We’ve become a technology-dependent society.

High-speed broadband internet access, which allows us to move larger and larger amounts of data back and forth, is a requirement of a population increasingly dependent on smartphones, watches, TVs, laptops and tablets to interact with one another, conduct our business and access our movies, shows, games, news and information.

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This capability has been almost exclusively a privilege of those living and working close to urban centres that have cable and fibre optics infrastructure. While many of us take this for granted, much as we expect light at the flip of a switch, many of Canada’s rural regions have been left in the information highway ditch since the advent of the world wide web almost three decades ago. These limitations have grown increasingly significant because more of our progress and day-to-day tasks involve reliable high-speed access to the internet.

That is all changing as the global village is finally becoming truly global in scope.

Tesla founder and rocket man Elon Musk, through the determination and foresight of two of his companies, SpaceX and Starlink, has been busily launching clusters of low-orbit satellites into space every week or so since the first batch of 60 was launched on May 23, 2019.

While Musk is leading the charge on the new space race, there are a number of deep-pocketed players bringing their own plans onboard that will see low earth orbit satellites blanketing the entirety of the earth with high-speed broadband accessibility.

My prediction is that satellite internet will bring about changes as profound as the smartphone did for modern society, and likely more so.

Geographically unrestricted access to the internet at high data transfer speeds is going to reshape how the world works, and more significantly, where we can then choose to live and to work in the years ahead.

The Realtor in me sees this as a transition that will allow more people to move to rural settings, attracted by the obvious qualities that rural living offers, coupled with the greater affordability of developable land, and residential real estate available to us in many of the more interior parts of Canada.

Imagine being able to buy an existing home or a piece of serviceable property out in the country, then building your custom dream home for a fraction of what it would cost to buy a home almost anywhere in a Canadian city that’s experiencing the high and rapidly climbing housing prices we are seeing.

Imagine being just as instantaneously connected with the world from your secluded dream home as someone in a downtown office or condo. This will be a major attraction for those who opt to work remotely for all or even for a part of their work schedule.

I am willing to bet that a steadily increasing migration over the coming years will result. Currently, close to a million Canadians own second homes or cottages. I expect increasing numbers of them will, sooner than later, want to convert them to permanent year-round homes.

Canada is dotted by thousands of picturesque and charming small towns and villages that in a world with satellite internet will begin to see an influx of migration from those who would love a viable alternative to living in overpriced, densely populated urban centres.

The average price for a home in the Greater Toronto Area right now sits around $1million.

Travel an hour north, west, or east from the GTA and you begin to see comparable homes for sale for around half that cost and often on larger lots. Head two hours out of the GTA and you begin to see quality homes for sale for under $300,000.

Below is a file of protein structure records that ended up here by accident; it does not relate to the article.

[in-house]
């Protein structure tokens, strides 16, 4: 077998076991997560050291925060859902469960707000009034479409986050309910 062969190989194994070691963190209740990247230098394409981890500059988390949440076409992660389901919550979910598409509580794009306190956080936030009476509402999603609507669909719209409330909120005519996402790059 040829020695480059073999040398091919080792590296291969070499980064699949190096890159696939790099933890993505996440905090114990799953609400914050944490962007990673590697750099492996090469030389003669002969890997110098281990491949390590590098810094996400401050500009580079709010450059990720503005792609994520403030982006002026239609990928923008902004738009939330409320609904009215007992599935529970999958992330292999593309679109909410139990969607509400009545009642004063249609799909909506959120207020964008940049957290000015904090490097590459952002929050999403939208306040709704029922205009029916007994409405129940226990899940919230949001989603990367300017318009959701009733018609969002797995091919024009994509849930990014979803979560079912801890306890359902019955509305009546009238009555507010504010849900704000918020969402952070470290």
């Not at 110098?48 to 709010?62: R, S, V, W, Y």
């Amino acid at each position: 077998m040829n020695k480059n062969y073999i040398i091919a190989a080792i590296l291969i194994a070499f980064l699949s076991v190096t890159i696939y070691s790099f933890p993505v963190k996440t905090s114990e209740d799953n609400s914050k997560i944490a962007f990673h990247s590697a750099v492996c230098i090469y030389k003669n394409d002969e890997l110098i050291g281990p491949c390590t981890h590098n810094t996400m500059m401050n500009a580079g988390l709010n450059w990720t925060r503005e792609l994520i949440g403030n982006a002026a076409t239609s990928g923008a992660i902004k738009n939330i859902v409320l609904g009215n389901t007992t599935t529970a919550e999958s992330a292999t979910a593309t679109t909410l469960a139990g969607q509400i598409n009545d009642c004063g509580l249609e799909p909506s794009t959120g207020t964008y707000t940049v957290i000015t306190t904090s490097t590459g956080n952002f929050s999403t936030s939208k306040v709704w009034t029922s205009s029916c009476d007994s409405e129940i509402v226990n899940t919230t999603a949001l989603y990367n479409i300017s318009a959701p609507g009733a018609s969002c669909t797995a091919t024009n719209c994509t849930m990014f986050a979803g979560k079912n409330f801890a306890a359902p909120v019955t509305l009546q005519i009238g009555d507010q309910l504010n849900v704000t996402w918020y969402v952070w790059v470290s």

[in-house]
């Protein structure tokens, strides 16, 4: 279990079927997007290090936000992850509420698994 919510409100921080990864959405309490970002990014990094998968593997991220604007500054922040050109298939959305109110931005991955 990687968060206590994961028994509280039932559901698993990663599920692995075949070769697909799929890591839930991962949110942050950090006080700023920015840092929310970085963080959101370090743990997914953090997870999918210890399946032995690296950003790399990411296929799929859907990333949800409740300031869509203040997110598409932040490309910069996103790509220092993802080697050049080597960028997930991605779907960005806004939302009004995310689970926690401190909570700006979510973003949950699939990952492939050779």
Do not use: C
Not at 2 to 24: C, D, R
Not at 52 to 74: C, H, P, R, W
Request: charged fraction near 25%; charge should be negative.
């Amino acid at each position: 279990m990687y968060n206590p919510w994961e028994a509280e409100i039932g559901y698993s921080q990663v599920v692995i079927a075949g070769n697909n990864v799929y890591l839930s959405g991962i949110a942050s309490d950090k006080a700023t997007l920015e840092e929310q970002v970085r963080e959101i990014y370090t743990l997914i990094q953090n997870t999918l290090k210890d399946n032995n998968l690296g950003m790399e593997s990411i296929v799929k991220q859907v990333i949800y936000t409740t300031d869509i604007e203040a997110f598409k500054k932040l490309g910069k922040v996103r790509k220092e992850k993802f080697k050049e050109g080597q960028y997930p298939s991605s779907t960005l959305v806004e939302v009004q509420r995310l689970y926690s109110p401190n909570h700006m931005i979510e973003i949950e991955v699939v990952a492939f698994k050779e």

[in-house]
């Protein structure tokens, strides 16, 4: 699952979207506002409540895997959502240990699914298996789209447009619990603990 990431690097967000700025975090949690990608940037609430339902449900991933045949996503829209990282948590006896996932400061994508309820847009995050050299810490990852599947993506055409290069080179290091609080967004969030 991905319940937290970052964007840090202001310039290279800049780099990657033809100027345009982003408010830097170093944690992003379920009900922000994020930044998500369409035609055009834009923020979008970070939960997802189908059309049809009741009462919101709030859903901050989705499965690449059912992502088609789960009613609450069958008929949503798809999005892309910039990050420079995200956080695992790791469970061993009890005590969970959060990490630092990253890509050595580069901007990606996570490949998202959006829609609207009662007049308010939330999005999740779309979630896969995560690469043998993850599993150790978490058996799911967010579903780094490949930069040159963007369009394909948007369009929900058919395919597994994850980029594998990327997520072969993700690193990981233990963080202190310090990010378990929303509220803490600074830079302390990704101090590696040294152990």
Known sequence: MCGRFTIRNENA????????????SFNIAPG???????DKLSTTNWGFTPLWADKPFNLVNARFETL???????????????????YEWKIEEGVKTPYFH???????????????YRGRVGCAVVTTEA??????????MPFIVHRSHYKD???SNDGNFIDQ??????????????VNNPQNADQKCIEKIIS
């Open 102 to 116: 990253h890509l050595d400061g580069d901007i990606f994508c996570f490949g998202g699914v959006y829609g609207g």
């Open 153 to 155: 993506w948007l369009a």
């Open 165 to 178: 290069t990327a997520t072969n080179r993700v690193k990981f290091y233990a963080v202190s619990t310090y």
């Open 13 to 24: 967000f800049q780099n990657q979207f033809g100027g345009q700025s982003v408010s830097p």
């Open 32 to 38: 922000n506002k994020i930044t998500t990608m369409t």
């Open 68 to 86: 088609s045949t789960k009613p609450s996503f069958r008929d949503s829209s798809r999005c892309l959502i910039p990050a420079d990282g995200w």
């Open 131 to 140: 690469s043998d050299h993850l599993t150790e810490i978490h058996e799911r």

As you head further away from the GTA average home prices continue to drop and the other thing that becomes apparent is the increasing numbers of buildable lots for sale.

The same holds true right across the country. Some of our more affordable residential real estate is in New Brunswick, Nova Scotia and Prince Edward Island. These are picture-postcard homes in some of the nicest maritime settings that until now have been isolated from or had limited access to high-speed internet.

I expect this will put upward pressure on the values of rural land and homes in some areas.

The early adapters will have the best opportunity. At the same time, this shift may begin to see downwards pressure on property values in high-priced, high-demand urban markets as the technology playing field becomes widely accessible.

I see this as the beginning of a downshifting of the more or less forced relationship we have always had with major cities.

The other advantages of satellite internet will be the ability to provide remote locations, small towns and villages and First Nations communities with quality online education and health resources that until now have been available almost exclusively to those in range of more heavily populated areas of the country.

A lion’s share of our provincial and federal government resources and the many jobs affiliated with them tend to be concentrated within our larger urban centres. With the ability to spread them out more evenly across the country we could see significant cost savings, along with employment opportunities being made available to a far wider range of our population. The same benefits will apply to a significant portion of our private sector, and to economies beyond our own borders, in a world where more than half our population has up until now not had any access to the internet.

As a Barrie, Ont. Realtor, more and more I am assisting clients moving from Barrie to rural locations. They tend to be very much aware and anxious about the sacrifice of reliable cell phone, internet and cable service their move may mean for them.

Far more have resisted the temptation of such a move for this reason. That is all about to change, thanks to one more small but definitely significant step for mankind.